Everyone teases him on rainy days because he turns into a “grump.” He keeps close watch on the sky, waiting to jump into Mi Roja.
The family lives together on a modest street lined with trucks: trucks filled with big ladders, toolboxes, paint cans and lawn mowers.
They share a peach stucco house with five bedrooms — Salgado and Maria, their five adult kids, their spouses and six grandchildren.
It’s a busy, action-filled home where everyone pitches in with the monthly rent, the bills and the groceries.
“If you mess up in this house, you’re going to be scolded by all of us,” Maria said. “If you need help in this house, you’re going to be helped by all of us.”
The day of the theft, nearly all the kids rushed home from work to be with their father. They cried when they heard how compassionately the Santa Ana police had treated him.
Back at the scene where Mi Roja was recovered, officers couldn’t help but see more than a victim in the old Mexican man standing by his empty red truck.
“We were all looking at each other feeling like this could have been our pops,” Sgt. Michael Gonzalez said.
Many officers dispatched on the call were the sons and daughters of immigrants — mechanics, construction workers, landscapers.
One by one they decided to pitch in to buy Salgado new equipment. The police union also helped. Seven officers escorted Salgado to Home Depot, and the store gave $100. One customer reached into her purse and donated another $40.
With a little more than $1,000, officers bought Salgado a new lawn mower, leaf blower, trimmer and rake.
Salgado thanked them all, then he drove off in Mi Roja. Everyone thought he’d head home and get some rest, Sgt. Gonzalez said.
But the gardener headed to his gardens. He had three more to tend to before sundown.
That evening when Salgado came home, he figured the drama was over. Slowly, he told himself, he’d save up to replace all his original equipment, worth more than $3,000.
The next morning, the gardener’s phone rang. “Come to the police station,” the caller said. “We might have something for you.”
It turns out a man had called and said he found a pile of gardening tools in his backyard. He said his grandson, Alan Babauta, had dumped them there the previous morning.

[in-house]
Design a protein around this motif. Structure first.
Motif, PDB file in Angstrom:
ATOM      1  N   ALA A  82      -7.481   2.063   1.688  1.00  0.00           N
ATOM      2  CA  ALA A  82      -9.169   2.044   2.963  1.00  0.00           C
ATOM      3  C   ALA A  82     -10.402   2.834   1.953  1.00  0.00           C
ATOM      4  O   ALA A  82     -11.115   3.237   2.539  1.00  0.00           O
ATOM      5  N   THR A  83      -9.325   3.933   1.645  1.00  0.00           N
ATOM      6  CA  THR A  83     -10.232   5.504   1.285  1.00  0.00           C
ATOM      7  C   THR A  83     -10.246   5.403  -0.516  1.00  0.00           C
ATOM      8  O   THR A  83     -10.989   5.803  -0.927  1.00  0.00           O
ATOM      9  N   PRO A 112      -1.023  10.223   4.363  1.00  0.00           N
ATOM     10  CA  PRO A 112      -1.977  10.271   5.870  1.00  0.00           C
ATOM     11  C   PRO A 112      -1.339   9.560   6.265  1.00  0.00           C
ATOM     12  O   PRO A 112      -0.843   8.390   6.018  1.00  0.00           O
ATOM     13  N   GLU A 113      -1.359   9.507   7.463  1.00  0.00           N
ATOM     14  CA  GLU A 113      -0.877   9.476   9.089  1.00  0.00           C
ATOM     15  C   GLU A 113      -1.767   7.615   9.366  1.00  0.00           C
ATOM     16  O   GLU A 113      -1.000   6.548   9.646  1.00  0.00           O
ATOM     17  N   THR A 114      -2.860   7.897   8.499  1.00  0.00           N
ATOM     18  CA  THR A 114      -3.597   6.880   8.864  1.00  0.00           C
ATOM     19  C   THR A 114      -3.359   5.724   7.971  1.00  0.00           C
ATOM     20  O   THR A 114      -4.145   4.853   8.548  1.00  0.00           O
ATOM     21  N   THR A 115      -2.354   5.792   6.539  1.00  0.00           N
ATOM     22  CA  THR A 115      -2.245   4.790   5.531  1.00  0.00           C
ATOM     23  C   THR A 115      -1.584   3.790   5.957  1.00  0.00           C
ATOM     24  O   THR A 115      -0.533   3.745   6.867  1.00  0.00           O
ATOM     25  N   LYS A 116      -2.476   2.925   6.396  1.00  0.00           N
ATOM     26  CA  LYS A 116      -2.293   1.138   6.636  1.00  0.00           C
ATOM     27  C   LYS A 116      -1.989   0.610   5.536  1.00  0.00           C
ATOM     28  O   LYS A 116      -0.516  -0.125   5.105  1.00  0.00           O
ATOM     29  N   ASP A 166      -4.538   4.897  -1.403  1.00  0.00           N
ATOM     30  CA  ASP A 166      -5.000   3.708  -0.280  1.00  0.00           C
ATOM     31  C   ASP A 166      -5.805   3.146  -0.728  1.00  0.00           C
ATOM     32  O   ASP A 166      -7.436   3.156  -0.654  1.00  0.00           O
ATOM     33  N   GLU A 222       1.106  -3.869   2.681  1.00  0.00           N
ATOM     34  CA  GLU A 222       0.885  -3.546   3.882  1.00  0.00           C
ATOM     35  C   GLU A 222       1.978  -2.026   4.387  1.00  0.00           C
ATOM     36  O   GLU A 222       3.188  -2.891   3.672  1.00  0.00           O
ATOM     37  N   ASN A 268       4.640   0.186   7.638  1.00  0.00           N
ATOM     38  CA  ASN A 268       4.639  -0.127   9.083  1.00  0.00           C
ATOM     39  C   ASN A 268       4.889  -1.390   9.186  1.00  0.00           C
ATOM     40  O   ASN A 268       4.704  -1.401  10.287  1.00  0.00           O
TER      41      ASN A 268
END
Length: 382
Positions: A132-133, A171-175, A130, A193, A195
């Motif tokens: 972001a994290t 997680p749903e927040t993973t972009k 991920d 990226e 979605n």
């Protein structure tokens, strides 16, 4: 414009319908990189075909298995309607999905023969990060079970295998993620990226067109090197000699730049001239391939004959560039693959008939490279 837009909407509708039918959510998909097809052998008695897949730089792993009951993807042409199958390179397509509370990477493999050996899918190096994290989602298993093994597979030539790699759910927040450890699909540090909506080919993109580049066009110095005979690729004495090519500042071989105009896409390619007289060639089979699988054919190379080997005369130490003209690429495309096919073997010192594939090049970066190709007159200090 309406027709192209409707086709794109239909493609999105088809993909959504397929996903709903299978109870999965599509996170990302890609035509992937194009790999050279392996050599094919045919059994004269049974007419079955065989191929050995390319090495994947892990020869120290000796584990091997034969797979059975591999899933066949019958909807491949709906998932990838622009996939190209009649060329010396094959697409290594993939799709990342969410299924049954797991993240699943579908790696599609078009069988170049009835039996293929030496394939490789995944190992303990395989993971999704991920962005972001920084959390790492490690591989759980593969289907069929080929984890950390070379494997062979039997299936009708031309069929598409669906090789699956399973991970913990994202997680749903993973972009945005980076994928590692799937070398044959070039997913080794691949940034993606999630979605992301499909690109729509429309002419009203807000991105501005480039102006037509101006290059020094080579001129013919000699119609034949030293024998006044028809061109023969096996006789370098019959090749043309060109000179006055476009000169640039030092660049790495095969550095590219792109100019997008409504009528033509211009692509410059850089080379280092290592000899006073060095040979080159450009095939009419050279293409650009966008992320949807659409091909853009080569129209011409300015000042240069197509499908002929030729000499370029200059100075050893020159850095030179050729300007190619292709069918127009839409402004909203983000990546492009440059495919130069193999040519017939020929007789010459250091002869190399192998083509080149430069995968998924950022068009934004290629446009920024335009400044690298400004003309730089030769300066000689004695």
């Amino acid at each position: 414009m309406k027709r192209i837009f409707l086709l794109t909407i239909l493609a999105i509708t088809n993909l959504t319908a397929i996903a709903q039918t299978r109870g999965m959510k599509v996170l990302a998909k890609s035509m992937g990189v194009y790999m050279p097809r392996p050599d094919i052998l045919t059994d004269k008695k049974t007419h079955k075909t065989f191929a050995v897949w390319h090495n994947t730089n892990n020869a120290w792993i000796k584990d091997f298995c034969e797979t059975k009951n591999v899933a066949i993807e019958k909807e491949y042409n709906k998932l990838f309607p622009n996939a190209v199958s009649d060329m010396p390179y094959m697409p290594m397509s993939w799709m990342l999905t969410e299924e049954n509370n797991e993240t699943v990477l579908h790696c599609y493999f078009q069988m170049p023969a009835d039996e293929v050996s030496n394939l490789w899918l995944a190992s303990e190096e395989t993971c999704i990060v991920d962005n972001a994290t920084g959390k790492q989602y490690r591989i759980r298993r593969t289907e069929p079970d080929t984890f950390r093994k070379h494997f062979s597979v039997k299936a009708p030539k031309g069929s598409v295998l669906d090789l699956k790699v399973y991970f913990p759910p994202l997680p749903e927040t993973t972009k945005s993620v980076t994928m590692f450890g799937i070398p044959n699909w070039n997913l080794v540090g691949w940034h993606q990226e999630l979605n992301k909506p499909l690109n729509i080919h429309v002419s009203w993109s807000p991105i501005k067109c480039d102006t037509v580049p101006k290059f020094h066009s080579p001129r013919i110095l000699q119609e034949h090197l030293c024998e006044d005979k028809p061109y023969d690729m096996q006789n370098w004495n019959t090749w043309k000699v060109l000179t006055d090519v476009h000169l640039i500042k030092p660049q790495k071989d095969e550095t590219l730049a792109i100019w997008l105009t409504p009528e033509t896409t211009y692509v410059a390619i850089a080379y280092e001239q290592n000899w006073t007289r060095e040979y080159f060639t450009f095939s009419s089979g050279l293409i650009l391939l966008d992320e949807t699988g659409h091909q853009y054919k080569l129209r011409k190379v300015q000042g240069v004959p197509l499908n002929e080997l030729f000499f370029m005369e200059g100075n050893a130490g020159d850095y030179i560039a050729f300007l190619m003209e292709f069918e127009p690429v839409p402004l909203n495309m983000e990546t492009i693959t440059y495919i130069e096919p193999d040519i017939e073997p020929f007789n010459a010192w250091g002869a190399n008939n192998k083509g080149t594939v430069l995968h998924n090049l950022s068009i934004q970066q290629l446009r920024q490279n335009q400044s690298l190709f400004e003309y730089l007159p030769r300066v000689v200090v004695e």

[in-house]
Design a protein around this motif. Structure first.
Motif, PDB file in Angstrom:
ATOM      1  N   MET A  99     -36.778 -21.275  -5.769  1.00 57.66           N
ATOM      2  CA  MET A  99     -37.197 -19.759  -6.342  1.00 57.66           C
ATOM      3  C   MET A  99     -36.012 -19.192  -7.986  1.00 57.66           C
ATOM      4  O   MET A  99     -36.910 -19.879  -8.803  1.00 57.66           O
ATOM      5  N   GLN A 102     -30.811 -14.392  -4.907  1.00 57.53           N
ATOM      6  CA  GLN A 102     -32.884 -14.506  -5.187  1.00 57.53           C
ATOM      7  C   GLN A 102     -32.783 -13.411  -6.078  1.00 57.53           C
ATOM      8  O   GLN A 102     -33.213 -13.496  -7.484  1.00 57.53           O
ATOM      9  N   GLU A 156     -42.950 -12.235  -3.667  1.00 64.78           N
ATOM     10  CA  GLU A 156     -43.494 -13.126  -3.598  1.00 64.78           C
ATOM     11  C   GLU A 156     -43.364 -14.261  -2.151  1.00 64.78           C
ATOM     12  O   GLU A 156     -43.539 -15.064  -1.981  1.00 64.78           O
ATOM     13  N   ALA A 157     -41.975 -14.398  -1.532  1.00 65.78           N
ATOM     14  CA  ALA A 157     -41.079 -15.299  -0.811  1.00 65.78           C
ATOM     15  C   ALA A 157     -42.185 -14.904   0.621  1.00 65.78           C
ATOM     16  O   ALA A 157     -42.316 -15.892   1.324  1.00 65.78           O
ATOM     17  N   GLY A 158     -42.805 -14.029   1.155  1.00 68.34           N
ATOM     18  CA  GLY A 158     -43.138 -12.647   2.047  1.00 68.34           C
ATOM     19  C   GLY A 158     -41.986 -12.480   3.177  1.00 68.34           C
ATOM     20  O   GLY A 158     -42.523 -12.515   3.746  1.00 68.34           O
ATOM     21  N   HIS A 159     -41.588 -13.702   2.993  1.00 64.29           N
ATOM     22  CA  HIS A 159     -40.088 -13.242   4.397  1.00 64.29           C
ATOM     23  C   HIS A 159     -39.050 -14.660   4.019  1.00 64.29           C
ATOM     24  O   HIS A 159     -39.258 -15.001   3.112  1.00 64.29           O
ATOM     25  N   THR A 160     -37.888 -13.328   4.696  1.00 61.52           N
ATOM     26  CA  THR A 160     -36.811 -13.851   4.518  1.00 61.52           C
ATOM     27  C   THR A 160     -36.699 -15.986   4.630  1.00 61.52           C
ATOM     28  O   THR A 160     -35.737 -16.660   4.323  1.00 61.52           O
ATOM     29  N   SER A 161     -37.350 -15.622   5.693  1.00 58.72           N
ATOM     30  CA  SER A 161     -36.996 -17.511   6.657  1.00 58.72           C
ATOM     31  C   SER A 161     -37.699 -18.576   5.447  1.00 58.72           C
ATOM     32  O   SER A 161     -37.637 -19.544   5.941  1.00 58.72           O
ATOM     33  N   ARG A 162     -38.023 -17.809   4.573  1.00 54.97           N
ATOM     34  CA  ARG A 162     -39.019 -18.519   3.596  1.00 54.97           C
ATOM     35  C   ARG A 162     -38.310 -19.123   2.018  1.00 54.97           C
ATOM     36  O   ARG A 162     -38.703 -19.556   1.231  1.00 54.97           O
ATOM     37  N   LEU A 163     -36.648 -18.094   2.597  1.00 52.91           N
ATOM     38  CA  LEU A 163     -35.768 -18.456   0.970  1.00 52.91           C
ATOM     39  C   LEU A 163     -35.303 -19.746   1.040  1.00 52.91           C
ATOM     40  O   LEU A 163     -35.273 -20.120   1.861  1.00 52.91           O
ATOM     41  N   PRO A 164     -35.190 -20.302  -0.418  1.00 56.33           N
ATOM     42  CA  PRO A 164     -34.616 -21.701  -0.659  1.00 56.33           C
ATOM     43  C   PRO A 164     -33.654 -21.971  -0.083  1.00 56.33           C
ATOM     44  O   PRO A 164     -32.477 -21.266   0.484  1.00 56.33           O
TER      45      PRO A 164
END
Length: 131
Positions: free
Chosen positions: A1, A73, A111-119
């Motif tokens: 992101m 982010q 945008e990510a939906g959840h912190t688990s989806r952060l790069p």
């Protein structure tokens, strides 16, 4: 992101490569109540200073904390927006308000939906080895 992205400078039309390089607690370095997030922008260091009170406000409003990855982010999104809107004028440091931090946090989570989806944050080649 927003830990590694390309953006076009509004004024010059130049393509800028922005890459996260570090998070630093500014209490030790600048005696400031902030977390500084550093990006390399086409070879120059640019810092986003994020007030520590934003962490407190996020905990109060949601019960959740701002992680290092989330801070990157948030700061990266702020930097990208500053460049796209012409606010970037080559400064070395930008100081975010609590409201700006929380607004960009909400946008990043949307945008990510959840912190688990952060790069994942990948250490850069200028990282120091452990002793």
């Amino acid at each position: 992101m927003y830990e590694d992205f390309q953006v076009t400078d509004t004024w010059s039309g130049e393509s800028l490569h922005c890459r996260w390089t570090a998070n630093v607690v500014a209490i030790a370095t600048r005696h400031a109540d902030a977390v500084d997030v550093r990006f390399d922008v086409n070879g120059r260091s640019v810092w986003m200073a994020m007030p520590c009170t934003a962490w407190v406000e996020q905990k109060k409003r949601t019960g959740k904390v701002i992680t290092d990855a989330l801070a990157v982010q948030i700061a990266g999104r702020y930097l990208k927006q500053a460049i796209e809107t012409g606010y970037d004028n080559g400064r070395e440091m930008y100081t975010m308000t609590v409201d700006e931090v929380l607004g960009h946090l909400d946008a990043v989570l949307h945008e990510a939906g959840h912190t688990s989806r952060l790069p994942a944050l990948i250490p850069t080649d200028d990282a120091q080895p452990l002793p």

Joaquin Babauta was mortified that night to see his grandson’s mug shot on the news — to hear about the gardener’s misfortune.
“I could not believe it,” Babauta said. “I tell my children and my grandchildren: ‘Never steal. If you need something, ask. If you don’t get it, you must work for it.’”
Joaquin loaded his Dodge Ram truck with Salgado’s tools and drove to the police station. He found the gardener on the curb, anxiously and quietly waiting for him.
The two men stood face to face as a police officer translated for them. They were so different — one from Guam, one from Mexico — yet so similar. Two grandfathers living just 10 miles from each other.
Joaquin had spent 43 years working more than a dozen jobs in the Navy. He stocked warehouses, maintained ships, served food and drove trucks and forklifts. He got his first job at 16, back in Guam, as a longshoreman unloading ships all night until 7 a.m. He showed up at the station wearing his old blue Navy jumpsuit and well-worn work gloves.
“I’m very sorry,” he told Salgado, choking up as he tried to find the right words. “I know it’s difficult for you to start over and buy new equipment.”
“Thank you,” Salgado told him.
The men hugged and smiled for a photo and then with help from police, the two unloaded the lawn mower, leaf blower, trimmers and rakes so that Salgado could put them all back where they belonged.